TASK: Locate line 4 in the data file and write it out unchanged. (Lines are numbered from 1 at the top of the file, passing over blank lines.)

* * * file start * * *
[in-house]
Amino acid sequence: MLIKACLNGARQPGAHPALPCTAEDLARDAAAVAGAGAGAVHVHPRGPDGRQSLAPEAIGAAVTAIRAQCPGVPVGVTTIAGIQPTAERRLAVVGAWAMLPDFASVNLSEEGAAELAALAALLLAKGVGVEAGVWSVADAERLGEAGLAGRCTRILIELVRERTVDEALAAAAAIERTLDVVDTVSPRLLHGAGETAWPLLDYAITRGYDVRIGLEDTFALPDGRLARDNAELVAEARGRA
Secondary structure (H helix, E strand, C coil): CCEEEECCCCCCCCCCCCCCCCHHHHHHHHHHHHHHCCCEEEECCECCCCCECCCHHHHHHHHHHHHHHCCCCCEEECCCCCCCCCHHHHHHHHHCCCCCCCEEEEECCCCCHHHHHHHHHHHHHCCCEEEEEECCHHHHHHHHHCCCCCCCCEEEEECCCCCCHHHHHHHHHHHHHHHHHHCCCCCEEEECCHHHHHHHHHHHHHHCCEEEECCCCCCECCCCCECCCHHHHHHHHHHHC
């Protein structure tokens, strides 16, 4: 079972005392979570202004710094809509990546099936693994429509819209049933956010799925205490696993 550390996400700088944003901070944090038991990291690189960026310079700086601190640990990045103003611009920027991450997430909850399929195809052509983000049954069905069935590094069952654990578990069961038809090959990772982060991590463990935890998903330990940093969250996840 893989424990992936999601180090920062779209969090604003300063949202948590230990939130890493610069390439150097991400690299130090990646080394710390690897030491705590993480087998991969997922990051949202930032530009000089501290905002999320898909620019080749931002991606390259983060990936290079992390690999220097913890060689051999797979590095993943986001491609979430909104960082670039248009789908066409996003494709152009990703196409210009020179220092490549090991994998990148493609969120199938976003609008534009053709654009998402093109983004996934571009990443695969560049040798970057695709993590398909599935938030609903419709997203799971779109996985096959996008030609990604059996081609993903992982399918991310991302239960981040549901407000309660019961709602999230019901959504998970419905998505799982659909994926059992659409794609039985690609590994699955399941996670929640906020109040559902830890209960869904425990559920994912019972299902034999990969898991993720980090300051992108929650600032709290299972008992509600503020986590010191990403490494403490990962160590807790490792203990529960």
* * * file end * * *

């Protein structure tokens, strides 16, 4: 079972005392979570202004710094809509990546099936693994429509819209049933956010799925205490696993 550390996400700088944003901070944090038991990291690189960026310079700086601190640990990045103003611009920027991450997430909850399929195809052509983000049954069905069935590094069952654990578990069961038809090959990772982060991590463990935890998903330990940093969250996840 893989424990992936999601180090920062779209969090604003300063949202948590230990939130890493610069390439150097991400690299130090990646080394710390690897030491705590993480087998991969997922990051949202930032530009000089501290905002999320898909620019080749931002991606390259983060990936290079992390690999220097913890060689051999797979590095993943986001491609979430909104960082670039248009789908066409996003494709152009990703196409210009020179220092490549090991994998990148493609969120199938976003609008534009053709654009998402093109983004996934571009990443695969560049040798970057695709993590398909599935938030609903419709997203799971779109996985096959996008030609990604059996081609993903992982399918991310991302239960981040549901407000309660019961709602999230019901959504998970419905998505799982659909994926059992659409794609039985690609590994699955399941996670929640906020109040559902830890209960869904425990559920994912019972299902034999990969898991993720980090300051992108929650600032709290299972008992509600503020986590010191990403490494403490990962160590807790490792203990529960």